climate change emergency crisis Lytton

What climate emergency?

“The world is burning, coastal cities are flooding, glaciers are melting, droughts, heatwaves and hurricanes are commonplace, and yet the ‘climate emergency’ question was relegated to very end of the debate, like an afterthought.”

This past weekend, editors of 220 leading medical, nursing and public health journals from around the world came together to publish a joint editorial calling for urgent action on climate change. It’s an unprecedented move that’s meant to reflect the severity of the situation. 

The editorial, which appeared in well-respected publications like the New England Journal of Medicine and the Lancet, urges “fundamental changes in how our societies and economies are organized and how we live.”

The plea comes on the heels of a report released this past August by a United Nations scientific panel that warns that, by now, some climate change effects may be irreversible, and highlights human responsibility (greenhouse emissions and fossil-fuel consumption) for much of the extreme weather events we’re currently experiencing. 

Why adapt when we can attack?

fires Greece climate change emergency
Fires in Greece, summer 2021

On Monday, Greece announced it’s creating a climate crisis ministry after the country was devastated by huge wildfires that burnt for weeks and destroyed more than 1,000 square kilometres. The heat waves have become so intense in the past few years that it takes very little to start catastrophic blazes that destroy everything in their path.

I was initially excited by the announcement, until I read the description of the new ministry. It basically revolves around “firefighting, disaster relief and policies to adapt to rising temperatures resulting from climate change.” In other words, it’s less about preventing or stopping climate change and aggressively attacking the root of the problem, and more about figuring out how to react to and survive the unfortunate consequences of inaction. While many are touting the ministry as a progressive move and a sign of things to come, it feels defeatist to me. The focus is on mitigation and band-aid solutions that defray the human cost of climate change, instead of proactive, bold measures to get us off this destructive path. 

The government is essentially saying, “We have to live with climate change, because we’re not willing to sacrifice certain things or we don’t believe voters who placed us in power are willing to sacrifice certain things, so let’s see how we can stave off the worst of it for now while the world burns.” It’s the bureaucratic equivalent of rearranging the deck chairs as the Titanic sinks. An emergency entails fight-or-flight reflexes and most governments just appear satisfied with a wait-and-see approach instead. But this patchwork of temporary solutions can only do so much against the sheer force of Mother Nature, and if the latest events around the world have shown us anything, we’re woefully unequipped to be battling compounding disasters on several fronts.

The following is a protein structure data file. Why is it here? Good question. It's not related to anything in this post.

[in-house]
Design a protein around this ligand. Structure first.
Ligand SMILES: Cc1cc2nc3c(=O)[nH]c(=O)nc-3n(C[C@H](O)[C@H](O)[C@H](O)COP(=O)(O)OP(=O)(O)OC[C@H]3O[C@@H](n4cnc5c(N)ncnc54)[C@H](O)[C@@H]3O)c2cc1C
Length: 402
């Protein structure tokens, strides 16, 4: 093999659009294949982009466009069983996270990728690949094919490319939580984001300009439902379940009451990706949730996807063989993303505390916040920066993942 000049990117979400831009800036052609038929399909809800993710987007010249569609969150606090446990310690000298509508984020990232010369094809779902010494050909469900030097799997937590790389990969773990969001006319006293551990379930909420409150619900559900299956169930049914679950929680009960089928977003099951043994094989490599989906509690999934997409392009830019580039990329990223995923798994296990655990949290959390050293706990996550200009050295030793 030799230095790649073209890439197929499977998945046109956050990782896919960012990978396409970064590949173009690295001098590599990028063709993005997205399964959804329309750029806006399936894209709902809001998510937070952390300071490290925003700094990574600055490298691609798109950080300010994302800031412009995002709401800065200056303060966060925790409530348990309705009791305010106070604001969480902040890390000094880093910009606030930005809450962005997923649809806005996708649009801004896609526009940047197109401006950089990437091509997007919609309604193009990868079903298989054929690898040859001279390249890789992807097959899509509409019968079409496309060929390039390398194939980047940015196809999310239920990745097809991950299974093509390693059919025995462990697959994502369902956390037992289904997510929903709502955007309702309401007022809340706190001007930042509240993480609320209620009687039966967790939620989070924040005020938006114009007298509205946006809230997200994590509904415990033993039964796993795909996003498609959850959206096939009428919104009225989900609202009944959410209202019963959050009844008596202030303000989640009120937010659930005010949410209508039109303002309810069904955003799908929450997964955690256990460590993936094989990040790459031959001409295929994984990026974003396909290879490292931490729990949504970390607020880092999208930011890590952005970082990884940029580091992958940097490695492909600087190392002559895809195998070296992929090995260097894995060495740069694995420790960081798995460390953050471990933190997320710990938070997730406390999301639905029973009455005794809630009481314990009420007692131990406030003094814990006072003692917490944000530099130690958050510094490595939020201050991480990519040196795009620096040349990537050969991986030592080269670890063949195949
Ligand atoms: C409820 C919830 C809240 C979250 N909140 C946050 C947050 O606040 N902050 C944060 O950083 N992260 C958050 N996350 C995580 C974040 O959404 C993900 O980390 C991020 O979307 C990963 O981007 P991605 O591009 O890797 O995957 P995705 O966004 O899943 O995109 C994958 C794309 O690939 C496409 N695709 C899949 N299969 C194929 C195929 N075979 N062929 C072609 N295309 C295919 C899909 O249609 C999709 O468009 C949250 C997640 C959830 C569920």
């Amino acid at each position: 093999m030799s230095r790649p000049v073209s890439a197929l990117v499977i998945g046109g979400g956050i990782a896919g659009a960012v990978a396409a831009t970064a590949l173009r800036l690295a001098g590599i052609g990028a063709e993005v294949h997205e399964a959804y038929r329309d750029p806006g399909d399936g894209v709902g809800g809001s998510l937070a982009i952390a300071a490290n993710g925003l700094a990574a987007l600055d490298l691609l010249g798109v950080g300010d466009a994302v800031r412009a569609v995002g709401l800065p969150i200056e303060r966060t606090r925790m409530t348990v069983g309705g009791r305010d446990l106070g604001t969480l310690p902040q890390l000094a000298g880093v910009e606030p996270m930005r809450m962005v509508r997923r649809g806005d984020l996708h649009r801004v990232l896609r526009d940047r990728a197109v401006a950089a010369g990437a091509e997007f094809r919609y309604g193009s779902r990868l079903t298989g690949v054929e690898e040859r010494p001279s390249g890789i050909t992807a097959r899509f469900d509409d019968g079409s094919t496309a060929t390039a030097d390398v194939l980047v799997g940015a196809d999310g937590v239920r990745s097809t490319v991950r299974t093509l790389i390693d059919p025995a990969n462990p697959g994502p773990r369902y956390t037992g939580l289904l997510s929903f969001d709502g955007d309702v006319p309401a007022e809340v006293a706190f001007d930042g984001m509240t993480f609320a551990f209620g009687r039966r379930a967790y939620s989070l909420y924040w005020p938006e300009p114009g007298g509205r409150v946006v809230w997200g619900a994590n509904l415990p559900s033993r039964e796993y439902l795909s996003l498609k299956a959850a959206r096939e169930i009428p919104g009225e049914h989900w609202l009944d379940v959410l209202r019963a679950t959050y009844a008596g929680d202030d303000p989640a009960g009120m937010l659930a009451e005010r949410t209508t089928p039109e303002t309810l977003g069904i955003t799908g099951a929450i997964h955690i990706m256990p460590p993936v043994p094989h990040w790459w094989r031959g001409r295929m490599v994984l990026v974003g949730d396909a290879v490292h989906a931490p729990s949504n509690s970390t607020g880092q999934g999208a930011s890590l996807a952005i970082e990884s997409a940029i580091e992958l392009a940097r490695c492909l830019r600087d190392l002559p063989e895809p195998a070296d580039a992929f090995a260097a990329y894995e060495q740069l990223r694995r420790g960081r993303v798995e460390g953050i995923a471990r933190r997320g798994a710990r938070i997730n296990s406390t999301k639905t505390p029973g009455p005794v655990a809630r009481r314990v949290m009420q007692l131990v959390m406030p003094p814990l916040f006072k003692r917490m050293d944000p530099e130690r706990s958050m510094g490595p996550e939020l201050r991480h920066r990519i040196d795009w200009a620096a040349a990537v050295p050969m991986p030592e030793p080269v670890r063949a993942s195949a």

Environmental concerns are still an afterthought 

climate change emergency Canada federal party leaders
Federal party leaders ahead of the first 2021 debate

To borrow the words of the wonderful Roberta Flack, our profit-driven systems and our inability to demand accountability from big corporations are “killing us softly” because we’re too comfortable enjoying the short-term benefits of mass production and capitalist conveniences to see how our choices are threatening life on this planet. And since the climate crisis doesn’t affect us all equally, the world’s most affluent, who are usually the ones with the most political clout, are the ones least likely to react to this emergency. 

During last week’s federal leaders’ debate in French, I watched as the climate emergency was treated as anything but an emergency. We were already 1 hour and 50 minutes into a two-hour debate when political leaders were finally asked about their respective parties’ platforms on the environment. The world is burning, coastal cities are flooding, wildfires are out of control, glaciers are melting, droughts, heatwaves and hurricanes have become commonplace occurrences, and yet we relegated the “climate emergency” debate question to the very end of the political discussion, almost like an afterthought. 

The thing is, most politicians know they can afford to treat it as an afterthought because voters do, as well. While we claim we’re worried about the environment (a recent Angus Reid poll identified climate change as the top issue driving voters’ ballot choice in this election), a few years ago a CBC poll found that half of Canadians wouldn’t even pay a measly $100 more per year in taxes to fight it. And while some have made changes in their own personal lives, like buying local and taking public transit more, I suspect that there are far more voters who aren’t willing to make any sacrifices at all. Those who yell at the top of their lungs about being inconvenienced the minute it becomes harder to drive their car everywhere, or parking can’t be found in front of every place they visit or the minute they’re forced to carry a reusable shopping bag with them. The horror! Every time Montreal Mayor Valérie Plante aims to prioritize the environment, she’s constantly treated like some hippie-dippy granola lover who has a personal vendetta against cars, instead of someone simply acknowledging her responsibility as the mayor of a major metropolis, which, as an island, is destined to feel the effects of climate change more than some down the road.